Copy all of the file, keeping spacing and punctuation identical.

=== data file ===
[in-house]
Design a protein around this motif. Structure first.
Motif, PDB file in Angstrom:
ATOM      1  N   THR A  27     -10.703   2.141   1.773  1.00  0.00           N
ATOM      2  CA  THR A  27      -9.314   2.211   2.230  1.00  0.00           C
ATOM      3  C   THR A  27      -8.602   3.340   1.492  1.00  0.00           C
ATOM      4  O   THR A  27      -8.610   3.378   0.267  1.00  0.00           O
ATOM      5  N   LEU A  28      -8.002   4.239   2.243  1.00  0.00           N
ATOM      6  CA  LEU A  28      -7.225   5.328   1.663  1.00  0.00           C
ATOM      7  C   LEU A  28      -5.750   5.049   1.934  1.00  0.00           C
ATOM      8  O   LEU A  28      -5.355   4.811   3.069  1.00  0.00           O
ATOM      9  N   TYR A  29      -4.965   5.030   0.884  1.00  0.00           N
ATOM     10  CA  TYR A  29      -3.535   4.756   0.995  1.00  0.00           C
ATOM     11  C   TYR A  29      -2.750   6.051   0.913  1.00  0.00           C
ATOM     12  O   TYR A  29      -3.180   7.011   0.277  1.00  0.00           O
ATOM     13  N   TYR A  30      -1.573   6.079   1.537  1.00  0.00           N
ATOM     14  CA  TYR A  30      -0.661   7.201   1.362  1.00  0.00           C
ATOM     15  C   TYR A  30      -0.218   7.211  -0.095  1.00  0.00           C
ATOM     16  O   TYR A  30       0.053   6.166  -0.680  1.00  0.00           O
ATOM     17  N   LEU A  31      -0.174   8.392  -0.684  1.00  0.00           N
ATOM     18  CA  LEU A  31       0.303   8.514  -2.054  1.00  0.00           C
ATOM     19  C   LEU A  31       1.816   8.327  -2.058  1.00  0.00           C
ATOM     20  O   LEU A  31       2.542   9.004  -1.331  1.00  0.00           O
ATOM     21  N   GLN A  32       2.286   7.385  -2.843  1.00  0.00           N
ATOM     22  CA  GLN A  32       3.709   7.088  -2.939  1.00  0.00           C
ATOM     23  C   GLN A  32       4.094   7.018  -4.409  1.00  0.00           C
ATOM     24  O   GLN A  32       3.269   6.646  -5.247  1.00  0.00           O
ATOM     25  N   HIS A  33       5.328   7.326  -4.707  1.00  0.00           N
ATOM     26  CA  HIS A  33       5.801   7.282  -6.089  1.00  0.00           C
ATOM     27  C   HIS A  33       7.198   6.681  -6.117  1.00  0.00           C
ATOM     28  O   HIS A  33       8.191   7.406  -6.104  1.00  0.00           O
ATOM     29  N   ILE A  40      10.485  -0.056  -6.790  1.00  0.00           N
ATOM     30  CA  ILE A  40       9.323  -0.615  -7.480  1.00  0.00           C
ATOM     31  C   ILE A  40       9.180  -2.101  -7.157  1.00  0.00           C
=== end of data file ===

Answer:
[in-house]
Design a protein around this motif. Structure first.
Motif, PDB file in Angstrom:
ATOM      1  N   THR A  27     -10.703   2.141   1.773  1.00  0.00           N
ATOM      2  CA  THR A  27      -9.314   2.211   2.230  1.00  0.00           C
ATOM      3  C   THR A  27      -8.602   3.340   1.492  1.00  0.00           C
ATOM      4  O   THR A  27      -8.610   3.378   0.267  1.00  0.00           O
ATOM      5  N   LEU A  28      -8.002   4.239   2.243  1.00  0.00           N
ATOM      6  CA  LEU A  28      -7.225   5.328   1.663  1.00  0.00           C
ATOM      7  C   LEU A  28      -5.750   5.049   1.934  1.00  0.00           C
ATOM      8  O   LEU A  28      -5.355   4.811   3.069  1.00  0.00           O
ATOM      9  N   TYR A  29      -4.965   5.030   0.884  1.00  0.00           N
ATOM     10  CA  TYR A  29      -3.535   4.756   0.995  1.00  0.00           C
ATOM     11  C   TYR A  29      -2.750   6.051   0.913  1.00  0.00           C
ATOM     12  O   TYR A  29      -3.180   7.011   0.277  1.00  0.00           O
ATOM     13  N   TYR A  30      -1.573   6.079   1.537  1.00  0.00           N
ATOM     14  CA  TYR A  30      -0.661   7.201   1.362  1.00  0.00           C
ATOM     15  C   TYR A  30      -0.218   7.211  -0.095  1.00  0.00           C
ATOM     16  O   TYR A  30       0.053   6.166  -0.680  1.00  0.00           O
ATOM     17  N   LEU A  31      -0.174   8.392  -0.684  1.00  0.00           N
ATOM     18  CA  LEU A  31       0.303   8.514  -2.054  1.00  0.00           C
ATOM     19  C   LEU A  31       1.816   8.327  -2.058  1.00  0.00           C
ATOM     20  O   LEU A  31       2.542   9.004  -1.331  1.00  0.00           O
ATOM     21  N   GLN A  32       2.286   7.385  -2.843  1.00  0.00           N
ATOM     22  CA  GLN A  32       3.709   7.088  -2.939  1.00  0.00           C
ATOM     23  C   GLN A  32       4.094   7.018  -4.409  1.00  0.00           C
ATOM     24  O   GLN A  32       3.269   6.646  -5.247  1.00  0.00           O
ATOM     25  N   HIS A  33       5.328   7.326  -4.707  1.00  0.00           N
ATOM     26  CA  HIS A  33       5.801   7.282  -6.089  1.00  0.00           C
ATOM     27  C   HIS A  33       7.198   6.681  -6.117  1.00  0.00           C
ATOM     28  O   HIS A  33       8.191   7.406  -6.104  1.00  0.00           O
ATOM     29  N   ILE A  40      10.485  -0.056  -6.790  1.00  0.00           N
ATOM     30  CA  ILE A  40       9.323  -0.615  -7.480  1.00  0.00           C
ATOM     31  C   ILE A  40       9.180  -2.101  -7.157  1.00  0.00           C